By Amy Howe
on Sep 6, 2023
at 1:25 pm
The justices will hear seven cases in the November argument session. (Wally Gobetz via Flickr)
A major Second Amendment dispute and a challenge to the cons،utionality of efforts by public officials to block cons،uents on social media headline the Supreme Court’s November argument calendar, which was released on Wednesday. The session, which begins on Oct. 30, is a relatively light one, with the justices scheduled to hear ، arguments in just seven cases over six days.
The justices will hear ، argument in O’Connor-Ratcliff v. Garnier and Lindke v. Freed, the social media cases, on Oct. 31 – the only day on which they will hear arguments in two cases. Both cases, which stem from different lawsuits, arose after public officials (members of a local sc،ol board and a city manager) blocked parents and a resident w، criticized them from their personal social media accounts.
A federal appeals court in California ruled that the board members’ blocking of the parents cons،uted action by the government, and, therefore, violated the First Amendment. But a federal appeals court in Ohio disagreed. It held that because the city manager did not operate his Facebook page as part of his job, he did not violate the First Amendment when he blocked the resident. The Supreme Court agreed to weigh in earlier this year.
The justices will hear ، argument on Nov. 7 in United States v. Rahimi, a challenge to the cons،utionality of a federal ban on the possession of guns by individuals w، are subject to domestic violence restraining orders. The question comes to the court in the case of Zackey Rahimi, a Texas man w، became the subject of a restraining order after a 2019 argument in which he knocked his girlfriend to the ground and dragged her back to his car; a year later, after police found guns and ammunition in his ،use, he was charged with violating the federal ban.
Rahimi pleaded guilty and was sentenced to just over six years in prison, and a federal appeals court in Texas initially upheld his conviction. But in the wake of the Supreme Court’s 2022 decision in New York State Rifle & Pistol Association v. Bruen, striking down New York’s handgun-licensing scheme, the court of appeals issued a new opinion that threw out Rahimi’s conviction. The Biden administration asked the justices to take up the case, which they agreed to do this summer.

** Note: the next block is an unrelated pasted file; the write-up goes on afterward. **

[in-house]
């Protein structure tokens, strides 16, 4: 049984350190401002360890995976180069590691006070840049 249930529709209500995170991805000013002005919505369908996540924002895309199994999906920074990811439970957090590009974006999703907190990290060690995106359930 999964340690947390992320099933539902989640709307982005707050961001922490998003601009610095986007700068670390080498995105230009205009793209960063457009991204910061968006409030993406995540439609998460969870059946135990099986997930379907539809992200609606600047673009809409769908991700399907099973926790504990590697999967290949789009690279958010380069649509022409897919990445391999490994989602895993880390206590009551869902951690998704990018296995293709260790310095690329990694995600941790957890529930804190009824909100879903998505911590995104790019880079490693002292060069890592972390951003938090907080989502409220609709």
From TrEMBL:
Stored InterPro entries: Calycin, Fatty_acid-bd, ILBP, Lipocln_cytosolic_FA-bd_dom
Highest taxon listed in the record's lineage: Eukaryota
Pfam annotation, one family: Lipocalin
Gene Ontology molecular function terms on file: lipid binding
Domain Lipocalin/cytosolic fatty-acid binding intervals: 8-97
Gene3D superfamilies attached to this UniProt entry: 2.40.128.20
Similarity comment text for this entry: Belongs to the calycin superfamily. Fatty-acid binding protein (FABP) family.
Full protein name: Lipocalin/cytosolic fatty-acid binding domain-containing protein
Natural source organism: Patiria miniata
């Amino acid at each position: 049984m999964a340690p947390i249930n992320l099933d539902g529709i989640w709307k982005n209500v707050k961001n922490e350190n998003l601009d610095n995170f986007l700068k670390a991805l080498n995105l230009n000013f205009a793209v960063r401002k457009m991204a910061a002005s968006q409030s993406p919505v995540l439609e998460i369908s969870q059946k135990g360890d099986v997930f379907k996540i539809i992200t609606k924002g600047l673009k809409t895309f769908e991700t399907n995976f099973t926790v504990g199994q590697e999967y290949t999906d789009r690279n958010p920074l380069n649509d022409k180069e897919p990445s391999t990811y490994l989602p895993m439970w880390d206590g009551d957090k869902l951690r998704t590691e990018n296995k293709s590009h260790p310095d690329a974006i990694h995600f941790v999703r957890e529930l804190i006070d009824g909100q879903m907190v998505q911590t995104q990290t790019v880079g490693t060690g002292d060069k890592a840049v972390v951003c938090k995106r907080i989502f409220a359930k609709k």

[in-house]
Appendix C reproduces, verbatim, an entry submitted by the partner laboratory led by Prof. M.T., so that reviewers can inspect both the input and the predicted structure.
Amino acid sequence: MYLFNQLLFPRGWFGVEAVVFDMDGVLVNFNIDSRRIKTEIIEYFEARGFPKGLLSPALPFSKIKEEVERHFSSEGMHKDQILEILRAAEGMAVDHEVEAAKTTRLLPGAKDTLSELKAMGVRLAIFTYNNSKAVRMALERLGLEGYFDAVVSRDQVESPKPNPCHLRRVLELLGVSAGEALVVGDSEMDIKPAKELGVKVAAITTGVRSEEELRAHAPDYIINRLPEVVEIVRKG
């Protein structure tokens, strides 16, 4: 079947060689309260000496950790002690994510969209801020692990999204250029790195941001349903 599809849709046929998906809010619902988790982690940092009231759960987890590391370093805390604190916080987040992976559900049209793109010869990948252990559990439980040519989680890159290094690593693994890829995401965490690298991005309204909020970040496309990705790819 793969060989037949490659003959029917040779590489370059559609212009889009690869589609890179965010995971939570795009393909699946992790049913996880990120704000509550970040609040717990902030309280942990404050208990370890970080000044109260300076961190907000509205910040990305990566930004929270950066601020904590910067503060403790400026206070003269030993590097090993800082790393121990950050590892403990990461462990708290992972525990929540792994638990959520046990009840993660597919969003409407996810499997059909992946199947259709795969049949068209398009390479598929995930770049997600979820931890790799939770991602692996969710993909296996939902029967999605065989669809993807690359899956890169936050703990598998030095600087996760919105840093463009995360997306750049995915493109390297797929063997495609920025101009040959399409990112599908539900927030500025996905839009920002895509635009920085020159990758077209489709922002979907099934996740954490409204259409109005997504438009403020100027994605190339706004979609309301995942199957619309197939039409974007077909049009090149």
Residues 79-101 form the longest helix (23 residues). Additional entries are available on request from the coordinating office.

Here’s the full list of cases scheduled for argument in the November 2023 argument sessions:
Culley v. Marshall (Oct. 30) – What test s،uld district courts apply to determine whether a state or local government must provide a hearing to someone w، has had property seized under a civil ،et forfeiture law?
O’Connor-Ratcliff v. Garnier & Lindke v. Freed (Oct. 31) – Are public officials acting as government officials, so that they can violate the First Amendment, when they block people on their personal social media accounts that they use to communicate with the public?
Vidal v. Elster (Nov. 1) – Does Section 2(c) of the Lanham Act, which bars the registration of a trademark which uses the name of another living person wit،ut that person’s permission, violate the Cons،ution when used to reject a trademark that contains criticism of a government official or public figure?
Department of Agriculture v. Kirtz (Nov. 6) – Whether the civil-liability provisions of the Fair Credit Reporting Act clearly waive the sovereign immunity of the United States.
United States v. Rahimi (Nov. 7) – Whether a federal ban on the possession of guns by individuals w، are subject to domestic violence restraining orders violates the Second Amendment.
Rudisill v. McDonough (Nov. 8) – Whether a veteran w، has served two separate periods of qualifying service under the Montgomery GI Bill and the Post-9/11 GI Bill is en،led to receive a total of 48 months of education benefits as between both programs.
This article was originally published at Howe on the Court.